Argentina has been led by Indiana Pacers forward Luis Scola, who has averaged 21 points and nine rebounds per game over the tournament. Facundo Campazzo and Pablo Prigioni have handled the point guard duties effectively, averaging 5.0 and 4.4 assists, respectively. 

Brazil has staggered their scoring well, with six players posting at least eight points per game. Leandro Barbosa, at 31 years of age, has led the team in scoring with 13.6 a game, while Anderson Varejao has been the squad’s leading rebounder with 7.6 per contest. Marcelinho Huertas has put on a beautiful passing display over his five games, dishing five or more assists in three games. 

Argentina will need to compete with Brazil’s glut of NBA-caliber big men in Varejao, Nene and Tiago Splitter. The Argentines have shot well from along the perimeter, but the difference today could come from inside the arc, where Brazil has asserted themselves thus far.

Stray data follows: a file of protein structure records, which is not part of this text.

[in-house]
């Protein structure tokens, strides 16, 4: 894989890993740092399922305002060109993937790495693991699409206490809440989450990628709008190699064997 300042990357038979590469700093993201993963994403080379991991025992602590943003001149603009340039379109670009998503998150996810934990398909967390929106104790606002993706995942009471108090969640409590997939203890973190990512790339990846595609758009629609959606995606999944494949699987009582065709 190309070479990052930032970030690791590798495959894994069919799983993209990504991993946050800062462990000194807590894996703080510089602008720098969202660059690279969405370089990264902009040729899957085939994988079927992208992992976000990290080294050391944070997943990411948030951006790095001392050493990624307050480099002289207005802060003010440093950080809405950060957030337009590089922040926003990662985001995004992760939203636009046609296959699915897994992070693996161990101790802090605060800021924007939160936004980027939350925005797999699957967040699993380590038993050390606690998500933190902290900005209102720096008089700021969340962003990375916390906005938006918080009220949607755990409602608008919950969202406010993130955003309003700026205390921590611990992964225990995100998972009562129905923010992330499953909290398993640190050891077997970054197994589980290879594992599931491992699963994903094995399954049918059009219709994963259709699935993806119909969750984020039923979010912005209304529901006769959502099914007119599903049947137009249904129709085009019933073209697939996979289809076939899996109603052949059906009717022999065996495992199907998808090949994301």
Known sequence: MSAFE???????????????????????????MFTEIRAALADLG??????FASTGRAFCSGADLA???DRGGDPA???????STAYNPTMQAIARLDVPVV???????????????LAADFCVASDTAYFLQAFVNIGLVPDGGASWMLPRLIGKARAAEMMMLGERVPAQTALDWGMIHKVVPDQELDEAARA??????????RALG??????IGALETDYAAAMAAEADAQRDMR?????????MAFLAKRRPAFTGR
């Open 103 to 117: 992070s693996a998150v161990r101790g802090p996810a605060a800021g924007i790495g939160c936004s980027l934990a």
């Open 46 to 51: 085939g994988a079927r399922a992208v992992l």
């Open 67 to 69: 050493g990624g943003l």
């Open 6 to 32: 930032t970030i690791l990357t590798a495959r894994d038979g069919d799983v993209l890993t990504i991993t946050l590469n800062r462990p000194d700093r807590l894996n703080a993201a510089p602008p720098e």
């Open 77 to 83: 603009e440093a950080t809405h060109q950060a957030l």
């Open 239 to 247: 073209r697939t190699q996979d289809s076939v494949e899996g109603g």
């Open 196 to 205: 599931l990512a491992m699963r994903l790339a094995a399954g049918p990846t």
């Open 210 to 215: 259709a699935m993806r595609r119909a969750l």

You can catch this one at 4 p.m. ET on ESPN3. Be sure to follow along here through the final horn for live updates. 

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Serbia vs. Greece: FIBA World Cup 2014 Round of 16 Score and Twitter Reaction

Led by Bogdan Bogdanovic and a balanced offensive attack that saw five players score double-digit points, Serbia pulled off the upset of previously undefeated Greece on Sunday, winning 90-72.     

The Serbians torched the Greeks from behind the arc, finishing 9-of-18 from three and shooting 54.2 percent from the field in an impressive offensive display. 

Bogdanovic paced the Serbians with 21 points (4-of-7 from three) while Miroslav Raduljica (16 points, six rebounds), Milos Teodosic (13 points, five assists), Nikola Kalinic (12 points), Nenad Krstic (10 points) and Nemanja Bjelica (eight points, 10 rebounds) all contributed in a big way.